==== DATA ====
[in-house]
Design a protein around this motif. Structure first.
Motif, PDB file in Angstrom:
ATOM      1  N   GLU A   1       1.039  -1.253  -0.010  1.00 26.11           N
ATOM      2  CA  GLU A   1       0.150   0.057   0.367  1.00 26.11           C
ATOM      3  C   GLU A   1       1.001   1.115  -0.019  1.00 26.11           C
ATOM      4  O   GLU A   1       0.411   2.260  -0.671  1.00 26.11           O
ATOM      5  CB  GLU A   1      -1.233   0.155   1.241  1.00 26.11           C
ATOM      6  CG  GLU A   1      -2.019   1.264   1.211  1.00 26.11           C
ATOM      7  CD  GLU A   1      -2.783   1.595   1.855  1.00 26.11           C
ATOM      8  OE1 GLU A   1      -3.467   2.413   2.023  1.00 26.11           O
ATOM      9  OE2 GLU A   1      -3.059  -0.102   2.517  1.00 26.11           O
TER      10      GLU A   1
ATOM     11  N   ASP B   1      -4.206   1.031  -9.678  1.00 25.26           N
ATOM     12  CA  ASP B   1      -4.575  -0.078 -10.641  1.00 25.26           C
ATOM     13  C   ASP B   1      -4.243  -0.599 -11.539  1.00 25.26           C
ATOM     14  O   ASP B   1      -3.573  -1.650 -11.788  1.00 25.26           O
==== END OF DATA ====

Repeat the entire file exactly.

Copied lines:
[in-house]
Design a protein around this motif. Structure first.
Motif, PDB file in Angstrom:
ATOM      1  N   GLU A   1       1.039  -1.253  -0.010  1.00 26.11           N
ATOM      2  CA  GLU A   1       0.150   0.057   0.367  1.00 26.11           C
ATOM      3  C   GLU A   1       1.001   1.115  -0.019  1.00 26.11           C
ATOM      4  O   GLU A   1       0.411   2.260  -0.671  1.00 26.11           O
ATOM      5  CB  GLU A   1      -1.233   0.155   1.241  1.00 26.11           C
ATOM      6  CG  GLU A   1      -2.019   1.264   1.211  1.00 26.11           C
ATOM      7  CD  GLU A   1      -2.783   1.595   1.855  1.00 26.11           C
ATOM      8  OE1 GLU A   1      -3.467   2.413   2.023  1.00 26.11           O
ATOM      9  OE2 GLU A   1      -3.059  -0.102   2.517  1.00 26.11           O
TER      10      GLU A   1
ATOM     11  N   ASP B   1      -4.206   1.031  -9.678  1.00 25.26           N
ATOM     12  CA  ASP B   1      -4.575  -0.078 -10.641  1.00 25.26           C
ATOM     13  C   ASP B   1      -4.243  -0.599 -11.539  1.00 25.26           C
ATOM     14  O   ASP B   1      -3.573  -1.650 -11.788  1.00 25.26           O